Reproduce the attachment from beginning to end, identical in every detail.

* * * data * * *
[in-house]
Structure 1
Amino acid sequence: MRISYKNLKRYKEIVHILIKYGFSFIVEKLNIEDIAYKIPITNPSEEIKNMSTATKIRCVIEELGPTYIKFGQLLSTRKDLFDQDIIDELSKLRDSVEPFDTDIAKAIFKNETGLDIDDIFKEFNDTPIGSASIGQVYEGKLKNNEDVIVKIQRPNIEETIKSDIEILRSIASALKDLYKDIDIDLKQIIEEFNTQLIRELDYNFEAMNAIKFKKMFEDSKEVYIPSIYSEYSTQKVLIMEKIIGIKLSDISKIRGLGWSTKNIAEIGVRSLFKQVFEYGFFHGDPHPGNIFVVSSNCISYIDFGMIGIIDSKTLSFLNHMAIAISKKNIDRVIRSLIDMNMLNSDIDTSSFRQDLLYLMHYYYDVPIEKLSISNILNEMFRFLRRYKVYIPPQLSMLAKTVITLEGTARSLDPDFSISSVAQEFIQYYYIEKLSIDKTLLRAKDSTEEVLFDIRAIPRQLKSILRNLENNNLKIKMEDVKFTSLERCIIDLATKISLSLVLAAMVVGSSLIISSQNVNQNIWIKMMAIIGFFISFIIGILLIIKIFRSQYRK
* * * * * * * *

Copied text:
[in-house]
Structure 1
Amino acid sequence: MRISYKNLKRYKEIVHILIKYGFSFIVEKLNIEDIAYKIPITNPSEEIKNMSTATKIRCVIEELGPTYIKFGQLLSTRKDLFDQDIIDELSKLRDSVEPFDTDIAKAIFKNETGLDIDDIFKEFNDTPIGSASIGQVYEGKLKNNEDVIVKIQRPNIEETIKSDIEILRSIASALKDLYKDIDIDLKQIIEEFNTQLIRELDYNFEAMNAIKFKKMFEDSKEVYIPSIYSEYSTQKVLIMEKIIGIKLSDISKIRGLGWSTKNIAEIGVRSLFKQVFEYGFFHGDPHPGNIFVVSSNCISYIDFGMIGIIDSKTLSFLNHMAIAISKKNIDRVIRSLIDMNMLNSDIDTSSFRQDLLYLMHYYYDVPIEKLSISNILNEMFRFLRRYKVYIPPQLSMLAKTVITLEGTARSLDPDFSISSVAQEFIQYYYIEKLSIDKTLLRAKDSTEEVLFDIRAIPRQLKSILRNLENNNLKIKMEDVKFTSLERCIIDLATKISLSLVLAAMVVGSSLIISSQNVNQNIWIKMMAIIGFFISFIIGILLIIKIFRSQYRK